A late change, and fatal flaws, in a Boeing jet designhttps://www.seattletimes.com/nation-wor ... et-design/
So originally MCAS was designed to use two sensors, two different sensors. AoA and g-force.
Reading this article, assuming that it is a true representation of what happened around MCAS, one could believe that rank amateurs are working at Boeing on safety critical issues. I hope this mess at Boeing gets cleared up, because how can on trust system ever again with safety relevant decisions?
And according to the information in this article, one has to call MCAS a stall avoidance system.
Even though the original MCAS did rely on G-force sensors, along with an AoA sensor, why did they not incorporate both AoA sensors to MCAS even in the first iteration? I don't get it, there is no reasonable explanation to why you would not use two sensors when they were immediately available for use without extra cost. The fact that no-one considered the effects of the (single) sensor malfunctioning and tested what would happen if it did, is just a side effect of the single sensor implementation decision.
If I could influence the investigation of this affair, I would dig as deeply as possible into the underlying cause and decision process behind why the other AoA sensor was not connected to MCAS 1.0.
Yes, there are a number of questions here.
The MCAS system was borrowed from 767Tanker/KC46 (also called MCAS!) that is a competent 2 AOA sensor system with other sensor/sensors undefined. Why change it to a single AOA sensor system?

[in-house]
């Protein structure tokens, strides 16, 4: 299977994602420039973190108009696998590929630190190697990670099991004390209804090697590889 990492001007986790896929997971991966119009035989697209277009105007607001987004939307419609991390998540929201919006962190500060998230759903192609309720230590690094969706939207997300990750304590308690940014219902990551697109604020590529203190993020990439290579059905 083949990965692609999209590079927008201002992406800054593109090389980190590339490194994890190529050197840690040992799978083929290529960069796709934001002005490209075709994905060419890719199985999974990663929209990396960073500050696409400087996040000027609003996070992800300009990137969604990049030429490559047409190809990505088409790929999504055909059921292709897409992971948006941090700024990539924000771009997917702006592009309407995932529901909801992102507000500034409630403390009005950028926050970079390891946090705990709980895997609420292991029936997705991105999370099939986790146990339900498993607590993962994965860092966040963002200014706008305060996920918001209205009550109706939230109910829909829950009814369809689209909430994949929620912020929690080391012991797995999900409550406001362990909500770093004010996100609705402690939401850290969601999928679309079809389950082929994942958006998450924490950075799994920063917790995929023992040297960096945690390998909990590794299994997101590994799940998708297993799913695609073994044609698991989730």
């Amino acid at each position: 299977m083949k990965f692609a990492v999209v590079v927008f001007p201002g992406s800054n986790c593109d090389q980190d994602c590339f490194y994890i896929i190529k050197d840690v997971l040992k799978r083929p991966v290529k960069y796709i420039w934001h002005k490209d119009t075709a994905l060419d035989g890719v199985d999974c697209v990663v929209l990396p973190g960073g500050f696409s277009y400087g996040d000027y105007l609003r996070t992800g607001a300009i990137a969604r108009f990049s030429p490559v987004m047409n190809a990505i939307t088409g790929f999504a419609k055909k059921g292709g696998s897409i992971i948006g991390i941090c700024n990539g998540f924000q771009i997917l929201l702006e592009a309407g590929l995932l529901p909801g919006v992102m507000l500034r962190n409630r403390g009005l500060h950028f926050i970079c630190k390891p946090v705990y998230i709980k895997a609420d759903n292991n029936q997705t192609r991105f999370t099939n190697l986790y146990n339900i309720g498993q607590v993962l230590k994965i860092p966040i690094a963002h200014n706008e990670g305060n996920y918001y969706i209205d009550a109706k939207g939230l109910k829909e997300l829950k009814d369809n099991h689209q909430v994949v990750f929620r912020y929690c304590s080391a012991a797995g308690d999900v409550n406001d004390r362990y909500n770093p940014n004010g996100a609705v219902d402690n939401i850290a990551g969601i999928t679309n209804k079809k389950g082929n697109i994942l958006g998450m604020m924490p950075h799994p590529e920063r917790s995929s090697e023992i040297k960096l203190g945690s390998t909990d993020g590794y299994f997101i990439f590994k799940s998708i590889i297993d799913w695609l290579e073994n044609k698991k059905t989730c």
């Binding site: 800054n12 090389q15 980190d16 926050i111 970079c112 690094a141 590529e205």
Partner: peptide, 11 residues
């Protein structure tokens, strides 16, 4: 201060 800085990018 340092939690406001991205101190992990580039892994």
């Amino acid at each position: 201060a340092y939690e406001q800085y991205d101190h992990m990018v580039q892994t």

(NB it has been reported that Boeing looked at using MCAS on other applications as well but it found un-necessary).
It might be argued that it was because 737 system also used IRU sensors. Suggest this makes no sense perhaps, unless, you are trying to avoid AOA Sensor not available as a no despatch condition. (It became so anyway with AOA sensor removed from the MEL as reported in these threads).
It might be argued that the 737 is based on two FCCs that use single sensor inputs as standard and the a 2 sensor would be contrary to this philosophy. However, it would seem there is precedent in that there was a modification of Auto-Throttle from 1 sensor to use 2 radio altitude sensors following the THY AMS event ~2009 that became mandatory (we now go to a 2 sensor system for MCAS in similar circumstances!).
It might be argued that STS uses only one sensor and MCAS is part of STS. It would be of interest to know if KC46 MCAS is declared of part of an STS system and if that STS uses 2 sensors? I have had no luck looking for this information in open source.
However, and in any case, MCAS does not appear to share any functions with STS with perhaps, the exception of motor drives. Nor does it appear to use SPEED TRIM FAIL warning (although it is not clear what conditions set this) that is part of the STS.
MACH Trim would seem to be much more like Speed Trim but at MACH speed values, and as far as I can see, it does not appear to be declared part of STS and also has its own MACH TRIM FAIL Warning. I would have thought this would be more likely than MCAS to be declared part of STS.
I note that there does not appear to be any action For SPEED TRIM FAIL in QRH but MACH TRIM FAIL QRH places a restriction on Airspeed of 280kts.There is no similar MCAS TRIM FAIL or QRH.
Additionally, the STS descriptions I have seen do not cover the functions of MCAS, if this is so, and MCAS is part of STS why would it not be covered? The information in the NYT report this week, if correct, would indicate that description of the operation of MCAS was removed from the 'Pilots' manual (as we suspected due to MCAS appearing only in the glossary), so it is likely the STS description does not include MCAS functions.
I currently see no convincing justification for single sensor or calling MCAS part of STS. I remain to be convinced.